Increased attention is being paid to treating the whole person, addressing social determinants of health and recognizing the value of virtual care.
Both the healthcare community and the people it serves are increasingly aware of the need to treat the whole person rather than isolated ailments and symptoms. Just as the various parts of the body are interdependent, and the body and mind cannot be separated, the individual does not exist in a vacuum, immune to his or her environment. Effective healthcare means considering all these factors as interrelated elements of one complex system.
Such an approach necessitates understanding and addressing conditions in the places where people live, learn, work and play—including factors such as food security, housing and income. These factors, known as social determinants of health (SDOH), can drive up to 60% of health outcomes, according to the Kaiser Family Foundation. By leveraging SDOH, healthcare providers can gain insight into patient populations and provider experience, improve patient health and reduce healthcare costs.
Medicare Advantage plans are adapting to the aforementioned realities.
These so-called Part C plans, offered by Medicare-approved private companies, are an alternative way for consumers to get hospital (Part A) and medical (Part B) insurance coverage. Popular options include health maintenance organization (HMO) plans, preferred provider organization (PPO) plans, private fee-for-service (PFFS) plans and special needs plans (SNPs). Most Medicare Advantage plans include drug coverage (Part C). According to the Kaiser Family Foundation, enrollment in Medicare Advantage plans has doubled over the past decade, with more than 24 million people enrolled in 2020.
Even before the arrival of the coronavirus, the Centers for Medicare & Medicaid Services (CMS) had expanded the definition of supplemental benefits to cover more nonmedical products and services that address SDOH. New Medicare Advantage criteria for 2019, as described in a study by PwC’s Health Research Institute (HRI), allowed those insurance plans to cover items such as air conditioners for people with asthma, healthy groceries for those on medically prescribed diets, home-delivered meals for those with compromised immune systems, and rides to medical appointments for those without transportation.
The 2019 rule changes “afford payers an opportunity to achieve reductions in costs, particularly for patients with manageable health conditions such as diabetes and heart diseases,” according to the HRI study. “Doing so, however, will require a greater investment in new data sources to track new kinds of information, rather than updating existing health records.”
Ideally, these new data sources should include claims records and information about SDOH, as well as data from at-home monitoring devices such as blood pressure monitors, connected weight scales and fitness trackers. Useful third-party data about the social factors impacting members might also include DMV, prison, dental and credit bureau records.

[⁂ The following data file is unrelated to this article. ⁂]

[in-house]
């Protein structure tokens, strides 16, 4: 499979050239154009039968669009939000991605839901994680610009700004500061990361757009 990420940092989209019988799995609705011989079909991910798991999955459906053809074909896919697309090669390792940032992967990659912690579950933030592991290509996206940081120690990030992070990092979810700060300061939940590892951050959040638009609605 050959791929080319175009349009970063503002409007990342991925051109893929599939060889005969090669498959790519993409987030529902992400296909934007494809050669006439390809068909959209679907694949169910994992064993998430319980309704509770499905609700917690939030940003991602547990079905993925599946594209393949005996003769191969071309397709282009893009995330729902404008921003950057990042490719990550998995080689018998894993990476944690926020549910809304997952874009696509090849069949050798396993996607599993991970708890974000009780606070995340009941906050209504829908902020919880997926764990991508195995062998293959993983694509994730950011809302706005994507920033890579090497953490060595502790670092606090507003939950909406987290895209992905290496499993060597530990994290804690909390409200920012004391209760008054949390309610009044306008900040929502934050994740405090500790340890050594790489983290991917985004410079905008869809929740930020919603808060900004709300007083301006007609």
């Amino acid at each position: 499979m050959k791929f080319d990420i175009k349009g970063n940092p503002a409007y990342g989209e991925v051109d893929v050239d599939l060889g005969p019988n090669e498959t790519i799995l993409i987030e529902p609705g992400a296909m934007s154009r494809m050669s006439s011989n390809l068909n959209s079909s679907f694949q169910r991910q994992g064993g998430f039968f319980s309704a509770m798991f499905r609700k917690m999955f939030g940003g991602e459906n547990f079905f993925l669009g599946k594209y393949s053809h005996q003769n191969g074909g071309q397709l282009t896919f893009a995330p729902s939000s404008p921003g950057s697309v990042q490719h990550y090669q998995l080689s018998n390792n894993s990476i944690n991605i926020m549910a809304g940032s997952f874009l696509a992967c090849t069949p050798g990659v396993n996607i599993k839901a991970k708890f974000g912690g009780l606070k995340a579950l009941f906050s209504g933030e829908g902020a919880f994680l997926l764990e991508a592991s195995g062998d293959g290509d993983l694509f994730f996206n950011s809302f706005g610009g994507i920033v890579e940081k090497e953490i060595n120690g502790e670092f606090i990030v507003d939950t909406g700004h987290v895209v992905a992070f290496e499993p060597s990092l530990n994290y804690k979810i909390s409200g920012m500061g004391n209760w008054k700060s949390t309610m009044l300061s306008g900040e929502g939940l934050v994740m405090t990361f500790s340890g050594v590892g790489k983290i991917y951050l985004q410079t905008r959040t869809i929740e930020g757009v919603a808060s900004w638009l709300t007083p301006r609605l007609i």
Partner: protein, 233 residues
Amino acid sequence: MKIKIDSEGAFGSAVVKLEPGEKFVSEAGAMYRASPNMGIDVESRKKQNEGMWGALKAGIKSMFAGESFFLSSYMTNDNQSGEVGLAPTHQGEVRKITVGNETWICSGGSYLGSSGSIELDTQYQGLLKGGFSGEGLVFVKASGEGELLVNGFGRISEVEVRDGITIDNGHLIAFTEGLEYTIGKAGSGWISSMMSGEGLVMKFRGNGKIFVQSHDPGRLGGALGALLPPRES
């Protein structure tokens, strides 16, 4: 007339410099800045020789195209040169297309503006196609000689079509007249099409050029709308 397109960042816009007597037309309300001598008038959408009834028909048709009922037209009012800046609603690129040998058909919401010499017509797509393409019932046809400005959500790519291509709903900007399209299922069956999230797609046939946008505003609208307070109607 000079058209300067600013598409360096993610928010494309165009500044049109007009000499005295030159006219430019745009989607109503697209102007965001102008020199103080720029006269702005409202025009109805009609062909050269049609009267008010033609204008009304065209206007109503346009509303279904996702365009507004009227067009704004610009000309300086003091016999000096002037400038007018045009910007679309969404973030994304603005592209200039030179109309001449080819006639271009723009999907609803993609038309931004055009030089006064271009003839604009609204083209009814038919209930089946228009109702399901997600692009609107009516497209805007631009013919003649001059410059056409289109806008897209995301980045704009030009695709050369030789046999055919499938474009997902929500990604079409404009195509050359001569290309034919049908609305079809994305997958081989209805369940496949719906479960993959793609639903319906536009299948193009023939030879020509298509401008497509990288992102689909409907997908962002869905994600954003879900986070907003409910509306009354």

New CMS rule changes for 2021, as noted by PwC, include encouraging Medicare Advantage plans to expand their telehealth networks to specialty providers. The aim is to strengthen telehealth options in rural and other areas, in specialties such as dermatology, psychiatry, cardiology, ophthalmology, nephrology, primary care, gynecology, endocrinology and infectious diseases. According to investment and personal finance advisers The Motley Fool, “94% of Advantage plans will offer telehealth services to enrollees” in 2021. This makes it easier for more people, especially high-risk populations, to receive essential medical care virtually, while boosting reimbursements to payers.
It’s easy to see how increased reimbursements reduce payers’ healthcare costs. Less obvious may be how investments in new data sources, along with expanded coverage of nonmedical products and services, can help accomplish that same goal.
The answer, once again, comes down to interconnectedness and treating the whole individual. By addressing root environmental causes rather than merely symptoms—and by proactively focusing on prevention rather than staying in reactive mode—healthcare providers can stop problems before they start, or at least before they grow worse (and more expensive).
Similarly, in order to provide the best possible care, all those involved in an individual’s care benefit when they operate as one system rather than in discrete silos. Easy access to relevant and timely data, shared across divisions of specialty, is essential to helping care providers work together seamlessly, elevating the level of care while eliminating redundancies and unnecessary costs. Coordinated care makes a difference—whether that care is provided in person, virtually or by some combination of the two.
Efforts to build a more comprehensive view of the customer, share information, collaborate across disciplines and provide exceptional health outcomes are in everyone’s best interest. The fact that Medicare Advantage plans are being encouraged and enabled to do this on an increasingly larger scale can serve as an example for others across the healthcare industry.